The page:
04 The Olivier Rebbot Award 2020

Best photographic news reporting from abroad published in any medium

AWARD DATE: 2020

AWARD NAME: The Olivier Rebbot Award 2020

AWARD RECIPIENT: Nanna Heitmann

AWARD RECIPIENT AFFILIATION: National Geographic

AWARD HONORED WORK: “COVID Russia”

AWARD SPONSOR:

One of the many challenges for photographers in 2020 was how to capture the seismic shifts all around us, and the profound fear and loss that accompanied them, from a distance, with faces covered, through layers of plastic and hazmat suits. Heitmann’s stunning photographs documented the ravages and contradictions of the pandemic in Russia with a powerful but sensitive visual voice, pairing images of crowded churches, with portraits of isolated elderly, and mournful, surreal scenes of hospitals battling the virus. The gentle, intimate approach to the painful subject matter was a testament to the way that a light touch can produce a resounding impact.


  1. Inside one of the churches of Tver, a centuries-old city on the banks of the Volga River, worshippers gather for overnight services celebrating Orthodox Easter, Russia’s most important religious holiday. Easter is normally the occasion for outdoor processions and group singing but this year’s services were cancelled in some places, and in others modified by distancing and mask orders—which were not universally followed. Photo: Nanna Heitmann

  1. Inside a tented meal kitchen set up by an Orthodox church charity, homeless and other needy people line up to register for food and drink. Workers at the organization, whose Russian name translates to “Mercy,” say that numbers at this tent—one of many such service projects—have tripled since the onset of the pandemic. Photo: Nanna Heitmann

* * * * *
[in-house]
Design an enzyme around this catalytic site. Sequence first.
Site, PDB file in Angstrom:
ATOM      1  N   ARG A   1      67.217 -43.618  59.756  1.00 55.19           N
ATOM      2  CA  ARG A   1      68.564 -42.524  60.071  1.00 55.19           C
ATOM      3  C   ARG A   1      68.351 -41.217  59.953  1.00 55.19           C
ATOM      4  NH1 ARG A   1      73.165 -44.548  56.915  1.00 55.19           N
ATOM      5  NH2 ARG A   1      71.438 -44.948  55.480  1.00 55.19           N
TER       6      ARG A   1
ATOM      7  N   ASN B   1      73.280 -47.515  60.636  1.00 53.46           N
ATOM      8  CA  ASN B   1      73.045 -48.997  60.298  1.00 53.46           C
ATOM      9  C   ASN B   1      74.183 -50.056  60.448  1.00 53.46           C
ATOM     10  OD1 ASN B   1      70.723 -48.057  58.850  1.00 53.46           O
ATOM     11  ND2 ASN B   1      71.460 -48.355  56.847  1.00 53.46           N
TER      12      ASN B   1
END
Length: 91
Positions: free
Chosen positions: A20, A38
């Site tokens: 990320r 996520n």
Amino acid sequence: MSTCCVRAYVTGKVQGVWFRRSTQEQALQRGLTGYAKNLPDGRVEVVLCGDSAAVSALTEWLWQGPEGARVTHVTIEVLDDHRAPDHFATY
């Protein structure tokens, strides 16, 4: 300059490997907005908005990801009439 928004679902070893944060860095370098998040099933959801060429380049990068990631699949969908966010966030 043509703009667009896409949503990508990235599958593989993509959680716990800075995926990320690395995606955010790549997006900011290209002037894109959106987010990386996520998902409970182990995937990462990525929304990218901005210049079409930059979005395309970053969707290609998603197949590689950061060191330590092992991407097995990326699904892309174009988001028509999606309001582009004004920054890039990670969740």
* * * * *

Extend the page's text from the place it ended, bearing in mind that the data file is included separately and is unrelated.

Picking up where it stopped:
Faithful, masked, and un-distanced, Orthodox worshippers gather for procession and prayer outside a church in Tver, two hours from Moscow. Russian Orthodox religious leaders feuded openly this spring over orders to follow pandemic safety measures, with some pastors arguing—as they have in the U.S. and elsewhere—that guided group worship must take precedence over quarantine orders. Photo: Nanna Heitmann

A deeply Russian collage of hardship, history, and faith: one corner of a Moscow food kitchen tent run by the Orthodox service organization called Mercy. The man in military uniform is Grand Duke Sergei Alexandrovich Romanov, founder of the Martha-Mariinksy monastery. Photo: Nanna Heitmann

A young patient, newly admitted and suffering from grave lung problems, is sedated and intubated in the COVID wards of Moscow’s Hospital No. 52. Photo: Nanna Heitmann

Inside Moscow's Hospital No. 52, a patient recovering from COVID-19 breathes in the oxygen that is helping him try to return to health. Photo: Nanna Heitmann

A Moscow intensive care patient lies prone, a position researchers say can improve oxygenation for patients in acute respiratory distress. Photo: Nanna Heitmann

On the day of this year’s subdued public events for Victory Day, hazmat-suited medical workers arranged tributes for veterans and their family members under treatment at Moscow’s Hospital No. 52. One doctor stripped his gloves off to play his guitar and walked from room to room, serenading patients and moving many of the elderly to tears. Photo: Nanna Heitmann

Nurse Margarita Sokolova, after working the so-called Red Zone—the most potentially contaminated areas of the hospital—for 24 hours straight. Photo: Nanna Heitmann

An indoor swimming pool was emptied and repurposed as an employees’ dining area at Moscow’s Hospital No. 15, a city medical facility that was converted into a COVID-19 specialty hospital. Photo: Nanna Heitmann

On Victory Day, a patient at Moscow’s Hospital No. 52 holds an honorary bouquet close to her heart. Photo: Nanna Heitmann

Sister Natalia Georgivna, a helper from the Russian charity called Mercy, brings daylight into the flat of Ludmilla Alexandrovna. The visiting nun looks after the elderly, lonely, and sick; she comes to Alexandrovna's home three times a week, and says her caseload increased significantly as the pandemic intensified. Photo: Nanna Heitmann

Citation for Excellence:
Chris McGrath
Getty Images
“In the Aftermath of the Blast”